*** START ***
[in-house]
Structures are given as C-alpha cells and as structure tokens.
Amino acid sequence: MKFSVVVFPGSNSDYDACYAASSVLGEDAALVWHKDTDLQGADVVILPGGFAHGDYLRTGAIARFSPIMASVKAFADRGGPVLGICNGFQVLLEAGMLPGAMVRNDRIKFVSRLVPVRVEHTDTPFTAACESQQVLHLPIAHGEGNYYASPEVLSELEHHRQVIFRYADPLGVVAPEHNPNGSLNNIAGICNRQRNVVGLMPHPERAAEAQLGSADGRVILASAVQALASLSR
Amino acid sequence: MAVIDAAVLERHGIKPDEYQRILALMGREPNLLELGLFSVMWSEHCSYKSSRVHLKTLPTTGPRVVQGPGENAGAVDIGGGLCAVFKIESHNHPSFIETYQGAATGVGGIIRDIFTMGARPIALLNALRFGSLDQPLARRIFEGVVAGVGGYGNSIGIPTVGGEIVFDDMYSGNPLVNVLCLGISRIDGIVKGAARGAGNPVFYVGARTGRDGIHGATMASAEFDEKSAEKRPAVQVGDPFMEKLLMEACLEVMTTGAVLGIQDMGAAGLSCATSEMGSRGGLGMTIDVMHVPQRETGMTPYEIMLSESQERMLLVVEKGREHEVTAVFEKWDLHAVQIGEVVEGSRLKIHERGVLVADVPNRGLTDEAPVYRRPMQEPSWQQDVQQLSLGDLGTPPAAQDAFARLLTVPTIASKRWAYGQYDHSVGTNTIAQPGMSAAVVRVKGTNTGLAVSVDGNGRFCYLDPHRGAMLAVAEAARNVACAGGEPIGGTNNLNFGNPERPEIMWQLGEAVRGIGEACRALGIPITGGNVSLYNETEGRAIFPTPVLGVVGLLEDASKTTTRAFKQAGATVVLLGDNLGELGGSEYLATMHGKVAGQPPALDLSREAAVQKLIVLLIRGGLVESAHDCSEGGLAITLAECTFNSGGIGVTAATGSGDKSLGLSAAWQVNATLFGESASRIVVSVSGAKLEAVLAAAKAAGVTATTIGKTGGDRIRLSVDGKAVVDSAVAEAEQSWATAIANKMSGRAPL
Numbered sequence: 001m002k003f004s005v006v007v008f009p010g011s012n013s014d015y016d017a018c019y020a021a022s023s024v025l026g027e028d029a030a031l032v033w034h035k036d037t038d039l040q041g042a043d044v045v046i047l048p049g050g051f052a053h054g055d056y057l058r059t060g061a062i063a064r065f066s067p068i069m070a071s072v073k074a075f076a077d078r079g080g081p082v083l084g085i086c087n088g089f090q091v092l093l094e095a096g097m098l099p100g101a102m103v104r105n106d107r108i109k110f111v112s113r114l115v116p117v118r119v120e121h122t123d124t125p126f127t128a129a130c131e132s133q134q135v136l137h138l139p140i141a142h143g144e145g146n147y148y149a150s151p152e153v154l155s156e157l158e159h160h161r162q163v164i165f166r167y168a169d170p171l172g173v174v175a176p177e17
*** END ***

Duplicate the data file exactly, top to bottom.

[in-house]
Structures are given as C-alpha cells and as structure tokens.
Amino acid sequence: MKFSVVVFPGSNSDYDACYAASSVLGEDAALVWHKDTDLQGADVVILPGGFAHGDYLRTGAIARFSPIMASVKAFADRGGPVLGICNGFQVLLEAGMLPGAMVRNDRIKFVSRLVPVRVEHTDTPFTAACESQQVLHLPIAHGEGNYYASPEVLSELEHHRQVIFRYADPLGVVAPEHNPNGSLNNIAGICNRQRNVVGLMPHPERAAEAQLGSADGRVILASAVQALASLSR
Amino acid sequence: MAVIDAAVLERHGIKPDEYQRILALMGREPNLLELGLFSVMWSEHCSYKSSRVHLKTLPTTGPRVVQGPGENAGAVDIGGGLCAVFKIESHNHPSFIETYQGAATGVGGIIRDIFTMGARPIALLNALRFGSLDQPLARRIFEGVVAGVGGYGNSIGIPTVGGEIVFDDMYSGNPLVNVLCLGISRIDGIVKGAARGAGNPVFYVGARTGRDGIHGATMASAEFDEKSAEKRPAVQVGDPFMEKLLMEACLEVMTTGAVLGIQDMGAAGLSCATSEMGSRGGLGMTIDVMHVPQRETGMTPYEIMLSESQERMLLVVEKGREHEVTAVFEKWDLHAVQIGEVVEGSRLKIHERGVLVADVPNRGLTDEAPVYRRPMQEPSWQQDVQQLSLGDLGTPPAAQDAFARLLTVPTIASKRWAYGQYDHSVGTNTIAQPGMSAAVVRVKGTNTGLAVSVDGNGRFCYLDPHRGAMLAVAEAARNVACAGGEPIGGTNNLNFGNPERPEIMWQLGEAVRGIGEACRALGIPITGGNVSLYNETEGRAIFPTPVLGVVGLLEDASKTTTRAFKQAGATVVLLGDNLGELGGSEYLATMHGKVAGQPPALDLSREAAVQKLIVLLIRGGLVESAHDCSEGGLAITLAECTFNSGGIGVTAATGSGDKSLGLSAAWQVNATLFGESASRIVVSVSGAKLEAVLAAAKAAGVTATTIGKTGGDRIRLSVDGKAVVDSAVAEAEQSWATAIANKMSGRAPL
Numbered sequence: 001m002k003f004s005v006v007v008f009p010g011s012n013s014d015y016d017a018c019y020a021a022s023s024v025l026g027e028d029a030a031l032v033w034h035k036d037t038d039l040q041g042a043d044v045v046i047l048p049g050g051f052a053h054g055d056y057l058r059t060g061a062i063a064r065f066s067p068i069m070a071s072v073k074a075f076a077d078r079g080g081p082v083l084g085i086c087n088g089f090q091v092l093l094e095a096g097m098l099p100g101a102m103v104r105n106d107r108i109k110f111v112s113r114l115v116p117v118r119v120e121h122t123d124t125p126f127t128a129a130c131e132s133q134q135v136l137h138l139p140i141a142h143g144e145g146n147y148y149a150s151p152e153v154l155s156e157l158e159h160h161r162q163v164i165f166r167y168a169d170p171l172g173v174v175a176p177e17